What can librarians learn from The App Generation?

A conversation between Howard Gardner and his 6 ½-year-old grandson Oscar on his experience with digital media was quite eye-opening. Oscar, even at a young age was well versed in technological jargon and spent quite a bit of time online. At one point he was asked how he would feel if he was not allowed to use the computer or phone for a few weeks, and the answer was surprising. He replied that he might be a little upset at first but he would actually “have a little bit more freedom” (Howard & Davis, p.196). He would then have time to play with his toys and spend more time with his sister and parents. His response is a significant one for librarians to hear, especially as a child and a digital native. While children are comfortable being connected to the digital world it can prevent them from engaging in enjoyable tasks and embracing meaningful relationships in real life. Librarians should keep this in mind that promoting opportunities that are “unplugged” could be a welcome change for digital natives.

I was happy to read that many libraries are already trying to find a balance between digital and traditional services for their youth patrons. In Library 2.0 a Guide to Participatory Library Service the author was visiting a library in North Carolina when they observed the following, “I was amazed to see amid the high-tech learning tools a number of teens playing old-fashioned board games, reading books, and playing cards” (Casey & Savastinuk, p.8, 2007). It is clear today’s youth and teens enjoy a balance of high-tech entertainment (Xbox and computers) and low-tech entertainment (painting, board games, and writing). To stay relevant libraries must be able to provide services and supply information to patrons in the format that they find the most desirable. If “the central purpose of libraries is to provide a service: access to information” (Buckland, Introduction para. 1, 1992) then we need to be sure our digital natives, like most digital immigrants, are able to enjoy both digital and traditional services.



I think it’s important that we look at the bigger picture of the findings of The App Generation: How Today’s Youth Navigate Identity, Intimacy, & Imagination in a Digital World, not that apps are inherently good or bad for us, but that they are becoming intertwined in our lives and most likely here to stay. If we focus on allowing apps to enable us to do great things, such as forming communities, connecting people near and far, and presenting opportunities that were previously out of reach, we can begin to appreciate and benefit from apps. If we allow them  to apps can enhance our lives and open us to a world of endless possibilities.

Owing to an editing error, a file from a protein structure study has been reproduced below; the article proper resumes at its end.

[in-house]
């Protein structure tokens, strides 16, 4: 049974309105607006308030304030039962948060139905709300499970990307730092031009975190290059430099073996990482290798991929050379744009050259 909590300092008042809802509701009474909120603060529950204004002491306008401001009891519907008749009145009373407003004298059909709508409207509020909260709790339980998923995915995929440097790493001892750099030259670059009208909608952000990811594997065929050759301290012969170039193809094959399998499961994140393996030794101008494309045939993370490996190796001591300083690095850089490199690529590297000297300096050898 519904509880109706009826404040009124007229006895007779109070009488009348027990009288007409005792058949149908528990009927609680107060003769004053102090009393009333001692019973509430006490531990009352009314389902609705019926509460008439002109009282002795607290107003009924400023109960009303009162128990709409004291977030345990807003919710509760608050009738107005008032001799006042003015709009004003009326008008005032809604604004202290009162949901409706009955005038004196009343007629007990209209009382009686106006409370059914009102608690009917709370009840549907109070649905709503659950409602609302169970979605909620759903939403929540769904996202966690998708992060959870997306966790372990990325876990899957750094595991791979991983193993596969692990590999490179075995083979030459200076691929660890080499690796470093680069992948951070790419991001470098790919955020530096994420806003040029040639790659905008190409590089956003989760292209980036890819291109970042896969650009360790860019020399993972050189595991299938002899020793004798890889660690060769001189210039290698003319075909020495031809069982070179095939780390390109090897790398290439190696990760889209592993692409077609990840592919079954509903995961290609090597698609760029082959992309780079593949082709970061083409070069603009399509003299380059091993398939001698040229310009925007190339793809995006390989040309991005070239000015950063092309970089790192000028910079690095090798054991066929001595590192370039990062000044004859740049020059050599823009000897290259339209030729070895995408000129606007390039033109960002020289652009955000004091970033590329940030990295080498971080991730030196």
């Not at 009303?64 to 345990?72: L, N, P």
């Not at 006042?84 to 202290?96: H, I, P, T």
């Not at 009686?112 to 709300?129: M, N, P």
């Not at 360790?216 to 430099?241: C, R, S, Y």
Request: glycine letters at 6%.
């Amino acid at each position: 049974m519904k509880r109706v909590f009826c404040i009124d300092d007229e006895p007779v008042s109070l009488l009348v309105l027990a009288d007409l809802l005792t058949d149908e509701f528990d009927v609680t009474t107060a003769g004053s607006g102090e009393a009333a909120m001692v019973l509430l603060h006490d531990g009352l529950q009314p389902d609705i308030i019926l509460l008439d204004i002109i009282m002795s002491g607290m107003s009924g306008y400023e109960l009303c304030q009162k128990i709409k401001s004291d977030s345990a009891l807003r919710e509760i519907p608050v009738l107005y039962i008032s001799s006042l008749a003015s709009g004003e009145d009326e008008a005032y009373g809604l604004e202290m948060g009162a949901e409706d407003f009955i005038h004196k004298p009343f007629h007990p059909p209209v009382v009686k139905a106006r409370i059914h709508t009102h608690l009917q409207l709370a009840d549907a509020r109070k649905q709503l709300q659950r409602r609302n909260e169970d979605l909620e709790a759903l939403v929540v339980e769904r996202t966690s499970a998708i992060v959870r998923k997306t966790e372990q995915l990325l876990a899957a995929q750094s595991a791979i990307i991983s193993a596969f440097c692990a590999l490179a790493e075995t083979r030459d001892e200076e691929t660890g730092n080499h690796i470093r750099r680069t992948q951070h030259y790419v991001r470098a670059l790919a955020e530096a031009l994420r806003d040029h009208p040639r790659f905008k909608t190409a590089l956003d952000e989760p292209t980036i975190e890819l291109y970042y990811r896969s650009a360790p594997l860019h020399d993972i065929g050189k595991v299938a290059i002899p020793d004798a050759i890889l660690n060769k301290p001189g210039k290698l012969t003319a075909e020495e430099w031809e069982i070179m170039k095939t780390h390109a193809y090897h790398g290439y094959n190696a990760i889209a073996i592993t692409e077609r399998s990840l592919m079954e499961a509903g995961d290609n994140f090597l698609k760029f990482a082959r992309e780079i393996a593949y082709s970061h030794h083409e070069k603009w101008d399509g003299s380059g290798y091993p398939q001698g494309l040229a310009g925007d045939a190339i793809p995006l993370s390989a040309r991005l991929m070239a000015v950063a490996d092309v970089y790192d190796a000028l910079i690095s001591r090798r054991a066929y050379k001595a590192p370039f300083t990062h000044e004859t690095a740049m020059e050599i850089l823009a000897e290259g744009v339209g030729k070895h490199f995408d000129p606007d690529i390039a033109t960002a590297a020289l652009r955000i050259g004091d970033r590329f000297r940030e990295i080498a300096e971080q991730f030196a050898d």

Helpful Definitions

It might be helpful to clarify some terms used in this review for those unfamiliar with the contents of the book.

App– “An “app” or “application” is a software program, often designed to run on a mobile device that allows the user to carry out one or more operations” (Gardner & Davis, p.6).

Digital native- a term used to describe today’s young people, those who have grown up immersed in digital technology.

Digital immigrant– a term used to describe a person born before the widespread use of digital technology.

Lastly, I thought it might be interesting to briefly share how frequently apps are used. I turned to Wikipedia (a free encyclopedia, written collaboratively by the people who use it) to share the definition of a digital native, “a person that grows up in the digital age, rather than acquiring familiarity with digital systems as an adult, as a digital Immigrant” (Digital native, n.d.). Wikipedia can be accessed at  or “…is available as an App on smartphones and tablets” (Gardner & Davis, p.31).


Buckland, M. (1992). Redesigning library services: A manifesto. Chicago: American Library Association.

Casey, M., & Savastinuk, L. (2007). Library 2.0: A Guide to Participatory Library Service. Medford: Information Today.

Digital Native (n.d.). Retrieved from

Gardner, H., & Davis, K. (2014). The app generation: How Today’s Youth Navigate Identity, Intimacy, and Imagination in a Digital World. New Haven: Yale University Press.

Stephens, M. (n.d.). Syllabus. Retrieved from